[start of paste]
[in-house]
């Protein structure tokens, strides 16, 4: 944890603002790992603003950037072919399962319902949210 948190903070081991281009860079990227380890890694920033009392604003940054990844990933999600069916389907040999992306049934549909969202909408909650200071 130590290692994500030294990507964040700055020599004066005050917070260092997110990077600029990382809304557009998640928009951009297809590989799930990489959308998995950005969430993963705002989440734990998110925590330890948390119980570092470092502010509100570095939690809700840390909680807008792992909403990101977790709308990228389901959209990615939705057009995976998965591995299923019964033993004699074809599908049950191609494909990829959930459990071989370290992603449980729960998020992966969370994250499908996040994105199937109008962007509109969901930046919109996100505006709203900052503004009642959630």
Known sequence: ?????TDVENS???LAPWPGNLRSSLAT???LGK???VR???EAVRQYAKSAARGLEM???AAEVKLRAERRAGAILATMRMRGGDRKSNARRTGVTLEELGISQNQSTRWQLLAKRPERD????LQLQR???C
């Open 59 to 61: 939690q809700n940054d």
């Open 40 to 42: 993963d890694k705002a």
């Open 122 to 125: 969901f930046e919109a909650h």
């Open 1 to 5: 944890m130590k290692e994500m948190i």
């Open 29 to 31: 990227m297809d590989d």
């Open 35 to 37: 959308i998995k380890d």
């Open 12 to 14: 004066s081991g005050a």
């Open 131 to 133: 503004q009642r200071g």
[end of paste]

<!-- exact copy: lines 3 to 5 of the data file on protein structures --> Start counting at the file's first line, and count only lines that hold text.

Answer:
Known sequence: ?????TDVENS???LAPWPGNLRSSLAT???LGK???VR???EAVRQYAKSAARGLEM???AAEVKLRAERRAGAILATMRMRGGDRKSNARRTGVTLEELGISQNQSTRWQLLAKRPERD????LQLQR???C
């Open 59 to 61: 939690q809700n940054d």
């Open 40 to 42: 993963d890694k705002a």